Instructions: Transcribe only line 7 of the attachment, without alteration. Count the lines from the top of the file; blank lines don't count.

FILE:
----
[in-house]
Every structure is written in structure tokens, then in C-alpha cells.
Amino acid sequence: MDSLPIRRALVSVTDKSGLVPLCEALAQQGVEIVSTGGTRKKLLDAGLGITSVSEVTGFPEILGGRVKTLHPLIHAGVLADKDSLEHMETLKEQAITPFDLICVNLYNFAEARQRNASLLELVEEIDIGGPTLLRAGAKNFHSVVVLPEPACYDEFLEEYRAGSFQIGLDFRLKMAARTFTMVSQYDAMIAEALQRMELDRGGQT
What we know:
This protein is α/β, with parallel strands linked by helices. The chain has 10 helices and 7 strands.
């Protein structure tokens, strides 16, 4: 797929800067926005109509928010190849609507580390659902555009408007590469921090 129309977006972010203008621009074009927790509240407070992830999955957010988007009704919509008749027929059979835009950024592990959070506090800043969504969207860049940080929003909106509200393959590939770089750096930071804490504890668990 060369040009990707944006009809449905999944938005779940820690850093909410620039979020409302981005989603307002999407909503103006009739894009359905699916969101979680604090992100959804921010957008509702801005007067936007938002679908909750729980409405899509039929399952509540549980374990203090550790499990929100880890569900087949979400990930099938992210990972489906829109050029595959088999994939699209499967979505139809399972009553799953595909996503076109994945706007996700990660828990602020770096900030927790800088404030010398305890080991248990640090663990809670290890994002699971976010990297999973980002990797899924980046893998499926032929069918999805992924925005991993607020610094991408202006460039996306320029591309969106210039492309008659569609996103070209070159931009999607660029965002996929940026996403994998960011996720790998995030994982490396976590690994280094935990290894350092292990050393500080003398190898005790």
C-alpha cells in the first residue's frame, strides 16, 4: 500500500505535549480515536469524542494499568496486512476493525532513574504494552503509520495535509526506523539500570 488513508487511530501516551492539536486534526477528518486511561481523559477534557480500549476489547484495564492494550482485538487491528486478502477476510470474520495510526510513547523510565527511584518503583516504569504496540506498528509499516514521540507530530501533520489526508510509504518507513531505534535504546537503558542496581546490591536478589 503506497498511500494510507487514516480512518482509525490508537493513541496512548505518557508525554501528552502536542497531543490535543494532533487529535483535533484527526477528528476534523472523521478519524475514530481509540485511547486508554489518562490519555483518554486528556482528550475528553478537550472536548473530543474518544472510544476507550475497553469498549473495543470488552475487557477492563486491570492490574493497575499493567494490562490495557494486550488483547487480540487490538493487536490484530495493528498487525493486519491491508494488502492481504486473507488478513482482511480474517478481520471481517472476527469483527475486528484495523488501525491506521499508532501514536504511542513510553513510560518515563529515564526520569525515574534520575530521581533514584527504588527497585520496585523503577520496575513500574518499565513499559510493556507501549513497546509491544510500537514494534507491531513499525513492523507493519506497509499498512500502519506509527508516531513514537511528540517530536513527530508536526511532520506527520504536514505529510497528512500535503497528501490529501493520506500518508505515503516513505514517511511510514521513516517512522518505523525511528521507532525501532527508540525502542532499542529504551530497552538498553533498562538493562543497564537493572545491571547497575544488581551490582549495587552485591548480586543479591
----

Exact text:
C-alpha cells in the first residue's frame, strides 16, 4: 500500500505535549480515536469524542494499568496486512476493525532513574504494552503509520495535509526506523539500570 488513508487511530501516551492539536486534526477528518486511561481523559477534557480500549476489547484495564492494550482485538487491528486478502477476510470474520495510526510513547523510565527511584518503583516504569504496540506498528509499516514521540507530530501533520489526508510509504518507513531505534535504546537503558542496581546490591536478589 503506497498511500494510507487514516480512518482509525490508537493513541496512548505518557508525554501528552502536542497531543490535543494532533487529535483535533484527526477528528476534523472523521478519524475514530481509540485511547486508554489518562490519555483518554486528556482528550475528553478537550472536548473530543474518544472510544476507550475497553469498549473495543470488552475487557477492563486491570492490574493497575499493567494490562490495557494486550488483547487480540487490538493487536490484530495493528498487525493486519491491508494488502492481504486473507488478513482482511480474517478481520471481517472476527469483527475486528484495523488501525491506521499508532501514536504511542513510553513510560518515563529515564526520569525515574534520575530521581533514584527504588527497585520496585523503577520496575513500574518499565513499559510493556507501549513497546509491544510500537514494534507491531513499525513492523507493519506497509499498512500502519506509527508516531513514537511528540517530536513527530508536526511532520506527520504536514505529510497528512500535503497528501490529501493520506500518508505515503516513505514517511511510514521513516517512522518505523525511528521507532525501532527508540525502542532499542529504551530497552538498553533498562538493562543497564537493572545491571547497575544488581551490582549495587552485591548480586543479591